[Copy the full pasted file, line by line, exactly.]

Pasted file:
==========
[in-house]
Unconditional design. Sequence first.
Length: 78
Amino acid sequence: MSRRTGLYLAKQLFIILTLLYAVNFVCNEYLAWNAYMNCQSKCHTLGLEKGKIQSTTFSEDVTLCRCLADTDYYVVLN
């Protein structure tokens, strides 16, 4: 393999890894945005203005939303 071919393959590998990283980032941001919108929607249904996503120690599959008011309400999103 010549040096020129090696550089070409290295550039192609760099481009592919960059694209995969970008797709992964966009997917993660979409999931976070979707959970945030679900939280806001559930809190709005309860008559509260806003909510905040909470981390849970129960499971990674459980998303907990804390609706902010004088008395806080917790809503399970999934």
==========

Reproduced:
[in-house]
Unconditional design. Sequence first.
Length: 78
Amino acid sequence: MSRRTGLYLAKQLFIILTLLYAVNFVCNEYLAWNAYMNCQSKCHTLGLEKGKIQSTTFSEDVTLCRCLADTDYYVVLN
């Protein structure tokens, strides 16, 4: 393999890894945005203005939303 071919393959590998990283980032941001919108929607249904996503120690599959008011309400999103 010549040096020129090696550089070409290295550039192609760099481009592919960059694209995969970008797709992964966009997917993660979409999931976070979707959970945030679900939280806001559930809190709005309860008559509260806003909510905040909470981390849970129960499971990674459980998303907990804390609706902010004088008395806080917790809503399970999934």